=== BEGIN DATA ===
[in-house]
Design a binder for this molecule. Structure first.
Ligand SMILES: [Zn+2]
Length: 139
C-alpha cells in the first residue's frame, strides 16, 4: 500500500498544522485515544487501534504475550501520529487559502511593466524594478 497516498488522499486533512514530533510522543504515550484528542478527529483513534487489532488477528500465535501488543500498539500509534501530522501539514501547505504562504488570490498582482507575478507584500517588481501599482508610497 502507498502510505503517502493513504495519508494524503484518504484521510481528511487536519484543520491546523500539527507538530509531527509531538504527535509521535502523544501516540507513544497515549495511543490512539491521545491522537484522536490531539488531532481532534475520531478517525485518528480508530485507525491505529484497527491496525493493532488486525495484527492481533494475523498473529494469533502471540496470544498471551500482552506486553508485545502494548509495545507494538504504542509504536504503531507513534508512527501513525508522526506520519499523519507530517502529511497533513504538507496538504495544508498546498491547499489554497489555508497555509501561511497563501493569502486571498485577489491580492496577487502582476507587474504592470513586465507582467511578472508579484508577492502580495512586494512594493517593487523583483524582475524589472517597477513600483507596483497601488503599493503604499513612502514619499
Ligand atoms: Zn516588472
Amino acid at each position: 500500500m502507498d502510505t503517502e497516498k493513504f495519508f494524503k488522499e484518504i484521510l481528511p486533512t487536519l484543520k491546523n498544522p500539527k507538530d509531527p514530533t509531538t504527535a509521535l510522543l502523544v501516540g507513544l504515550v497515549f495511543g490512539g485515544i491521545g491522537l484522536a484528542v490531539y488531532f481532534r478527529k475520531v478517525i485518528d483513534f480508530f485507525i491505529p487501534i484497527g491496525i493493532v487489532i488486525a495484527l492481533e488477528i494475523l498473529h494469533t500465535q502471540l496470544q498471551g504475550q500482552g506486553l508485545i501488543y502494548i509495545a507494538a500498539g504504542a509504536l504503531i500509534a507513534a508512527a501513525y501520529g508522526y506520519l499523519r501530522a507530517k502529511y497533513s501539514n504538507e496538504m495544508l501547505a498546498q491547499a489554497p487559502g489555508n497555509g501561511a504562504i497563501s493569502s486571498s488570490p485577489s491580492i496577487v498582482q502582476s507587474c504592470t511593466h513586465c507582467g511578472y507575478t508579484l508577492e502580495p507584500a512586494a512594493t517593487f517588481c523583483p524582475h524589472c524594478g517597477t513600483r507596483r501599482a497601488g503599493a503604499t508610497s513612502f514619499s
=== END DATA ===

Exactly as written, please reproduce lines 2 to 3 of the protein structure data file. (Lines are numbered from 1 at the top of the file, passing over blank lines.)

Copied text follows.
Design a binder for this molecule. Structure first.
Ligand SMILES: [Zn+2]